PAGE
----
Posted on March 6, 2009

Background: On 1 March, Bosnians celebrated something of an Independence Day. I say something because it still does not feel like there is an independent Bosnia, rather a creature with a couple of heads knocking each other unconscious from time to time. I am speaking of course of the head called the Federation in which all constitutive peoples are legitimate citizens. The other head is so-called Serbian republic stretching from the North and deep down almost to Sarajevo. It is very much ethnically cleansed. I should know because I come from its largest city, Banja Luka. The other day, the American representatives came visiting Bosnia,but instead of respecting the international view that Bosnia is sovereign within its historical borders, the delegation found it necessary to meet over coffee and baklava with the leadership of the Bosnian Federation, and then separately with the illegitimate leadership of Republika Srpska, over I don’t know what, maybe brandy. Such a move gives further political power to those who have done everything to used every ounce of their creativity to kill and steal.

I say creativity because I’m thinking of the art of war, art of deception, art of politics, which Melika Salihbeg Bosnawi so brilliantly, and subtly dramatizes in her book This is a perennial book, prose-poetry of high aesthetic and intellectual quality.

Particularly striking is the poem about Lady Hate and her Happening. Lady hate, to Melika is an artist, a trend-setter, someone who does not look back in shame or to learn something from history, but always looks forward using her creative powers to invent new ways to humiliate with brilliance, maim with a sting, shed blood with passion, introduce some extra twisted twists into the story of everyday lives of city/village people.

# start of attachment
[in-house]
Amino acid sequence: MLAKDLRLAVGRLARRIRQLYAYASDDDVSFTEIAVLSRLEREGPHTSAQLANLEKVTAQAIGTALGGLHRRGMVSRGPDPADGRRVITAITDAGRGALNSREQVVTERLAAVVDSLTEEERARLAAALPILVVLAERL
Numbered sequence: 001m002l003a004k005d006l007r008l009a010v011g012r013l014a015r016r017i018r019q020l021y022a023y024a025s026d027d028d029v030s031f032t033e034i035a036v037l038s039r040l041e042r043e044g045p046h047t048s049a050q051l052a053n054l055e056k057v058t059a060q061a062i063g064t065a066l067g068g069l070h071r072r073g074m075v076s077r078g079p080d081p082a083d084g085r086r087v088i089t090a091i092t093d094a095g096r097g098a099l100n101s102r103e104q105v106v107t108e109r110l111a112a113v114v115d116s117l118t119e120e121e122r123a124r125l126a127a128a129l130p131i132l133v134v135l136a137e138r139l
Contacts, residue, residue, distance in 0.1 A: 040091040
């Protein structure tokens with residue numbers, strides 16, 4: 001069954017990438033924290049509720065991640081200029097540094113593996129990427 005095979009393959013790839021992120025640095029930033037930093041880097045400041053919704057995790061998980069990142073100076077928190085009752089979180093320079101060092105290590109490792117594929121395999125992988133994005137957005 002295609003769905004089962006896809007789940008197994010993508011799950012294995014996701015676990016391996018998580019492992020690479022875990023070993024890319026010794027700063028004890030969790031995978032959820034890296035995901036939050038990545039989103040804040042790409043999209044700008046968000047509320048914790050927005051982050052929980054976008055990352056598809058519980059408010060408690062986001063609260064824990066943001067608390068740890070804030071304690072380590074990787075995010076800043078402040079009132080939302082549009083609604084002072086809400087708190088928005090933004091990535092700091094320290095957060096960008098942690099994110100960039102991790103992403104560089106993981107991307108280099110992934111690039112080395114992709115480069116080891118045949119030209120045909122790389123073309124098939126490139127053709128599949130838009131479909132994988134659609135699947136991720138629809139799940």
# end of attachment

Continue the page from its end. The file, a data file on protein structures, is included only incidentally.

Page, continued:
Art, imagination, creativity – which are normally considered positive human faculties, that is what makes us human in the first place – are in Bosnawi’s dirge weapons of mass destruction, much like in Kubric’s 2001 Space Odyssey, where creativity is first employed in the production of a weapon. There are loads of creativity in these works of art, complex aesthetics used to criticize and draw our attention to the art of war, which in the end amounts to one and the same, quite uncreative thing, murder. I’m thinking of the Twin Towers and the way we were stunned because it was innovative, we’d never seen that before, very modern, very trendy, and yet essentially the same as murder of Srebrenica population, Ruwanda, Gaza, you name it. I wonder how much creativity went into the production of smart bombs. I’m thinking of kids painting drawings on bombs, sending artistic messages to those who will never see them, never get a chance of using their creative imagination to interpret that art.

Bosnawi does not stop there. She explores creative imagination and the aesthetics of everyday living, of mundane choices in contrast to the creativity or rather clichés of war. take a look at these lines:


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